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Sanna Sihvonen, Taina Rantanen and Eino Heikkinen

Changes in physical activity levels were followed over 5 years and the relationship between baseline physical activity and survival was investigated among residents of Jyväskylä. Baseline interviews were carried out for 109 men and 204 women age 75, and 67 men and 178 women age 80. At the time of the follow-up interviews 5 years later. 23 men and 37 women who were age 75 at baseline and 23 men and 50 women who were age 80 at baseline had died. Activity decreased significantly over the 5-year period in all groups. A greater proportion of women than men decreased their activity level in both age groups. Physical activity was significantly associated with better survival (p = .006) in the 80-year-old women, and a similar significant difference (p = .024) was observed among 75-year-old men. The differences in the survival curves in the other groups, although similar, were not statistically significant due to the small number of subjects and lack of statistical power.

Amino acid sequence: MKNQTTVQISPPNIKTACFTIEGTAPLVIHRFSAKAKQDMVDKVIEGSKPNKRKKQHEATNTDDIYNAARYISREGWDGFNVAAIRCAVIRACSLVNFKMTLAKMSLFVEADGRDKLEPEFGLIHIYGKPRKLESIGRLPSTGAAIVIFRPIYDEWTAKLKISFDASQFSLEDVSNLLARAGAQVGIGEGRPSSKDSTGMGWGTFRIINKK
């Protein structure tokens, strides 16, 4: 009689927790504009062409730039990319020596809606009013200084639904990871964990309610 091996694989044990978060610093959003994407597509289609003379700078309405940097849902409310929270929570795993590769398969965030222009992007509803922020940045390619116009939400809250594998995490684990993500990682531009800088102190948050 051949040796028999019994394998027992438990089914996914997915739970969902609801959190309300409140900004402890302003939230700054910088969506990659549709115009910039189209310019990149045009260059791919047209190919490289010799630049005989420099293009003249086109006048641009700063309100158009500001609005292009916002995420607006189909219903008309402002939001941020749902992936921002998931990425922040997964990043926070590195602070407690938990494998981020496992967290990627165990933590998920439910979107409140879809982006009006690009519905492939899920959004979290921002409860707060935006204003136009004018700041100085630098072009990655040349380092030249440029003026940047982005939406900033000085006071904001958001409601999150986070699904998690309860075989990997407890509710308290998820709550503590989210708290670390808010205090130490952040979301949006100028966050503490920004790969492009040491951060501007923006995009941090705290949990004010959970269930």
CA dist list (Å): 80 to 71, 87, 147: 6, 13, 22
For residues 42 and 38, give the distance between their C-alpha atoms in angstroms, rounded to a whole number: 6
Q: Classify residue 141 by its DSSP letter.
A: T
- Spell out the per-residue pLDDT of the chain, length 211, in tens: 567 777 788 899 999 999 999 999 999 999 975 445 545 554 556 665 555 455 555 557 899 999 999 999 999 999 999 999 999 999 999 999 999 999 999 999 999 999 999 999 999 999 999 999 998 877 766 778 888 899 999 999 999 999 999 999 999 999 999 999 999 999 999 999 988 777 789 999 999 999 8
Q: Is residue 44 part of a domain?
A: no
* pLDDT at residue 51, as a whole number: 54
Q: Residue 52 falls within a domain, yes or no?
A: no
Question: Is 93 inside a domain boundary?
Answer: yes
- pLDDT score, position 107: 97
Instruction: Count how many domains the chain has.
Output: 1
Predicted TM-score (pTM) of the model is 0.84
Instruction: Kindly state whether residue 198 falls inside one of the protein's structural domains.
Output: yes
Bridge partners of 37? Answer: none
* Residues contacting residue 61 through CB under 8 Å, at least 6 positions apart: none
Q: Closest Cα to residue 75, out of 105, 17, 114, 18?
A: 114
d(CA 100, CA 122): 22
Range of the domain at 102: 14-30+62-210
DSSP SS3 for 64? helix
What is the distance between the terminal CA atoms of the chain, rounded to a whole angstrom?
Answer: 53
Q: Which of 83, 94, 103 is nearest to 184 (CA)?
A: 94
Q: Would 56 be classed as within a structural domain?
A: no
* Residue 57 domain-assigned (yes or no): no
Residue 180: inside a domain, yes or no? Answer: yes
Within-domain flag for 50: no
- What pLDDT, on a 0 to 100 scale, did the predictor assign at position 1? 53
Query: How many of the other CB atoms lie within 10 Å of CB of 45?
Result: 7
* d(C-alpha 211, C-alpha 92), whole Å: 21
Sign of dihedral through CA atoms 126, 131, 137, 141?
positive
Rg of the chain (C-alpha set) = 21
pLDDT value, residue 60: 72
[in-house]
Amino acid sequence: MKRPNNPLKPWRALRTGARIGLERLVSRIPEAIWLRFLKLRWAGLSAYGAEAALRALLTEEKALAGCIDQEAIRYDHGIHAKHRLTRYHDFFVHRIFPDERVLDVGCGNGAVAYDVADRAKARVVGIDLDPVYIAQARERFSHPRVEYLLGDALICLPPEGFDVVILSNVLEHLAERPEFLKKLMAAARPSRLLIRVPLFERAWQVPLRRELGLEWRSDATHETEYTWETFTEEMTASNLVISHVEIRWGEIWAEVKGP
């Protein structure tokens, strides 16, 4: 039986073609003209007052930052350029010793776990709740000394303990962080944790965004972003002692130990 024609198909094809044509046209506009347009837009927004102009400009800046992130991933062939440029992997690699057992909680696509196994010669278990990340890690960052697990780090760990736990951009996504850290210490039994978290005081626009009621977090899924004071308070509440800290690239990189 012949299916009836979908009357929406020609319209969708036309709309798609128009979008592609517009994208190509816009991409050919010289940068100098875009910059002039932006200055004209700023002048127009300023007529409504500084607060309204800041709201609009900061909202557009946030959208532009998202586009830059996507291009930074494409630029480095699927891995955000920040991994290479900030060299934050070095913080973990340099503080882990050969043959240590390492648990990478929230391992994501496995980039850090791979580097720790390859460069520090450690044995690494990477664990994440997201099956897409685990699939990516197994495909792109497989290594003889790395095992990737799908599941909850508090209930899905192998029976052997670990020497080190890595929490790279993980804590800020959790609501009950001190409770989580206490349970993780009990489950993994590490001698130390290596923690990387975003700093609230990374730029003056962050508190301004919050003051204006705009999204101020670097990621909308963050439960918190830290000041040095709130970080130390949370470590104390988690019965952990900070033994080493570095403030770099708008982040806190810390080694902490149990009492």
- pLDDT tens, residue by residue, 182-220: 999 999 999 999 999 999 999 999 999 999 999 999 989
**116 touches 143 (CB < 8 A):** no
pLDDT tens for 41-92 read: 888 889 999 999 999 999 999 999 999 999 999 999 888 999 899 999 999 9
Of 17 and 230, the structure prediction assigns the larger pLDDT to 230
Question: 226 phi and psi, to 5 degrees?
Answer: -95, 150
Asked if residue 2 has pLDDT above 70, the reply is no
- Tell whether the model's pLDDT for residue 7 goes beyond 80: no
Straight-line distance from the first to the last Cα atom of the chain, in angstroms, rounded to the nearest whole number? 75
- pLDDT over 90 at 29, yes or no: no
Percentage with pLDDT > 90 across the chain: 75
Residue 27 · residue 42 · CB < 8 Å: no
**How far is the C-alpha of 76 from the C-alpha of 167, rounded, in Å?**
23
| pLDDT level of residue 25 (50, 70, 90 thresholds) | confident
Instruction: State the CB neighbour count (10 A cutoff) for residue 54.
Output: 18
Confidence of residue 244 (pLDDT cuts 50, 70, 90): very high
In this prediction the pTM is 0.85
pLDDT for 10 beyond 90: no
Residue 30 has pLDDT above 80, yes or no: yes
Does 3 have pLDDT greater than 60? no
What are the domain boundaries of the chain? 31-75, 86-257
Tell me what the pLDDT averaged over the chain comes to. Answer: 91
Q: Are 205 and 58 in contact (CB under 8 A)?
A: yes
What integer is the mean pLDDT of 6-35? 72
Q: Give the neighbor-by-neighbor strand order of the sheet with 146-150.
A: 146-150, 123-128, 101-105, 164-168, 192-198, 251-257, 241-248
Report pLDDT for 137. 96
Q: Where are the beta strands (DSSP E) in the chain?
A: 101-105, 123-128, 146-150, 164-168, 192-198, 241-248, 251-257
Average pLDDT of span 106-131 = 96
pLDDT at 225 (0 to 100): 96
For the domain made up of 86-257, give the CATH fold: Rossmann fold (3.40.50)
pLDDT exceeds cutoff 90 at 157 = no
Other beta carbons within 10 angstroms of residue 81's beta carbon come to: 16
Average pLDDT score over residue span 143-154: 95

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Emma S. Ariyo

organized activities for children and continuing to the professional ranks. The book is designed to describe the survival forces that athletes face, with frequent risks of injury, blowouts, or disruptive relationships with coaches, teammates, and parents at the youth level. It showcases the history and

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Louise M. Burke

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William A. Pitney